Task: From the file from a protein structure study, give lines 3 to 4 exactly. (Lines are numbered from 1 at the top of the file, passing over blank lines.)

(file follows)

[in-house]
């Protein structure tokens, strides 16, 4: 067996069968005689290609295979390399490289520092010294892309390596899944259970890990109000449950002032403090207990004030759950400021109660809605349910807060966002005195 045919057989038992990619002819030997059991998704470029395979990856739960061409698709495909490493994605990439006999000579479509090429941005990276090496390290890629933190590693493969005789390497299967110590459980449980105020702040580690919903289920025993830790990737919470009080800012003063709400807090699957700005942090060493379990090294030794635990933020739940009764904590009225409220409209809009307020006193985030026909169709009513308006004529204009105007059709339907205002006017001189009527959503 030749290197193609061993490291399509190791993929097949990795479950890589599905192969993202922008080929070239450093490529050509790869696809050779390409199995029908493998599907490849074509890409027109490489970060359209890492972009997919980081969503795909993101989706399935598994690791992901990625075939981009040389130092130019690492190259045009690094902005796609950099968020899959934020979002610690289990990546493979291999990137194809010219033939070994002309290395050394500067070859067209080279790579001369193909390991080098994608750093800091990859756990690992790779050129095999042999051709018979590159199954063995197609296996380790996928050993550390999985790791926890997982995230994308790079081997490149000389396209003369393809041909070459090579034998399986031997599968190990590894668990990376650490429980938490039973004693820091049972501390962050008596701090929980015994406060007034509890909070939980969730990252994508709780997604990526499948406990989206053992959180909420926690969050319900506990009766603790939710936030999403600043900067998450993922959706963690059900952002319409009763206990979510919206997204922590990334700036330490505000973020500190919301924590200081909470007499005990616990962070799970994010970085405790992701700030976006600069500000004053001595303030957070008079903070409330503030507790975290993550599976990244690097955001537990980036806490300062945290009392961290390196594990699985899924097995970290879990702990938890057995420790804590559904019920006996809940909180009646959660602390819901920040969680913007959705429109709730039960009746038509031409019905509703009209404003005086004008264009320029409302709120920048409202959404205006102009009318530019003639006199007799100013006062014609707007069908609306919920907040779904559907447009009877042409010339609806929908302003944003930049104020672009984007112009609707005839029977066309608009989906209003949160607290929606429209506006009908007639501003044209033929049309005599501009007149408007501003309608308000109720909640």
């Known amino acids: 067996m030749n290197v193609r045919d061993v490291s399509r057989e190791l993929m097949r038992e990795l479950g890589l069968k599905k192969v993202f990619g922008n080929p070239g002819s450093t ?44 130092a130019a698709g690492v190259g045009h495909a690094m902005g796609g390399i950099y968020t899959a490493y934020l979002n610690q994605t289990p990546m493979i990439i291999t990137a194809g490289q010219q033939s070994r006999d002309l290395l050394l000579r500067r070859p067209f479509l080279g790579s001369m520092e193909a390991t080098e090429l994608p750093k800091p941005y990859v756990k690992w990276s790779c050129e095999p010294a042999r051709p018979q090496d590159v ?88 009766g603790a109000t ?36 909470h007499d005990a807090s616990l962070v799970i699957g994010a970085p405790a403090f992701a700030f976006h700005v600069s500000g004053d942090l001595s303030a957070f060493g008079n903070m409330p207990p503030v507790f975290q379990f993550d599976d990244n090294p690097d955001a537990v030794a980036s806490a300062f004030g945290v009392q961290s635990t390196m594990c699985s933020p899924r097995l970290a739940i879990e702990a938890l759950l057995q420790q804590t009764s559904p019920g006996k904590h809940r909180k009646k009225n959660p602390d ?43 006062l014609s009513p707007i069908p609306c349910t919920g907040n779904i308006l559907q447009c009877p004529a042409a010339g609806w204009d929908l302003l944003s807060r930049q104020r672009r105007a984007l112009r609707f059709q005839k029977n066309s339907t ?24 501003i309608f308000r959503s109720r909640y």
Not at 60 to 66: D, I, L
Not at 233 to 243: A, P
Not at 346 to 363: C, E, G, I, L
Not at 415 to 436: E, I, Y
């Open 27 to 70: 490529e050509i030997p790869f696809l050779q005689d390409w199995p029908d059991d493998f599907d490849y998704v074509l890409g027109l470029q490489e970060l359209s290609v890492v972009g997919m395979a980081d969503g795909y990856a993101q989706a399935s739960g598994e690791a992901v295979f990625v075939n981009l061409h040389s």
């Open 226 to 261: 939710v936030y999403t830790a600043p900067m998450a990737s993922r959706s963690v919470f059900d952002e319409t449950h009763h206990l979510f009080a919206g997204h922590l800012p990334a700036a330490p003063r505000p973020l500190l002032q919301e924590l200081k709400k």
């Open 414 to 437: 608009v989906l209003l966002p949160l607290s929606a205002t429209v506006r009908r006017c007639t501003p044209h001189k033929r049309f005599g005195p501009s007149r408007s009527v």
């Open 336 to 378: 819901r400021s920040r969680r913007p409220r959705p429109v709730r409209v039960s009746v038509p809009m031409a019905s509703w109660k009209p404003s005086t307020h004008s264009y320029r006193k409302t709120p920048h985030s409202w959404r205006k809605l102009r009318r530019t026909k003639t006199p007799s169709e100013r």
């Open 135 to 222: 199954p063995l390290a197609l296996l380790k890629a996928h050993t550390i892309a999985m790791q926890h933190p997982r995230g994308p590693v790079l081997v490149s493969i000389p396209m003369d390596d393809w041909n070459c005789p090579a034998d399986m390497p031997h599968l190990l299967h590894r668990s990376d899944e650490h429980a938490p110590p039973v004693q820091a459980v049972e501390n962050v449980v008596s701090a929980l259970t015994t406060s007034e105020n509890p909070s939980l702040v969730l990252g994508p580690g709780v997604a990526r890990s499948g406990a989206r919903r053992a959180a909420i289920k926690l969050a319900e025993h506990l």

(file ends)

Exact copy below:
């Known amino acids: 067996m030749n290197v193609r045919d061993v490291s399509r057989e190791l993929m097949r038992e990795l479950g890589l069968k599905k192969v993202f990619g922008n080929p070239g002819s450093t ?44 130092a130019a698709g690492v190259g045009h495909a690094m902005g796609g390399i950099y968020t899959a490493y934020l979002n610690q994605t289990p990546m493979i990439i291999t990137a194809g490289q010219q033939s070994r006999d002309l290395l050394l000579r500067r070859p067209f479509l080279g790579s001369m520092e193909a390991t080098e090429l994608p750093k800091p941005y990859v756990k690992w990276s790779c050129e095999p010294a042999r051709p018979q090496d590159v ?88 009766g603790a109000t ?36 909470h007499d005990a807090s616990l962070v799970i699957g994010a970085p405790a403090f992701a700030f976006h700005v600069s500000g004053d942090l001595s303030a957070f060493g008079n903070m409330p207990p503030v507790f975290q379990f993550d599976d990244n090294p690097d955001a537990v030794a980036s806490a300062f004030g945290v009392q961290s635990t390196m594990c699985s933020p899924r097995l970290a739940i879990e702990a938890l759950l057995q420790q804590t009764s559904p019920g006996k904590h809940r909180k009646k009225n959660p602390d ?43 006062l014609s009513p707007i069908p609306c349910t919920g907040n779904i308006l559907q447009c009877p004529a042409a010339g609806w204009d929908l302003l944003s807060r930049q104020r672009r105007a984007l112009r609707f059709q005839k029977n066309s339907t ?24 501003i309608f308000r959503s109720r909640y």
Not at 60 to 66: D, I, L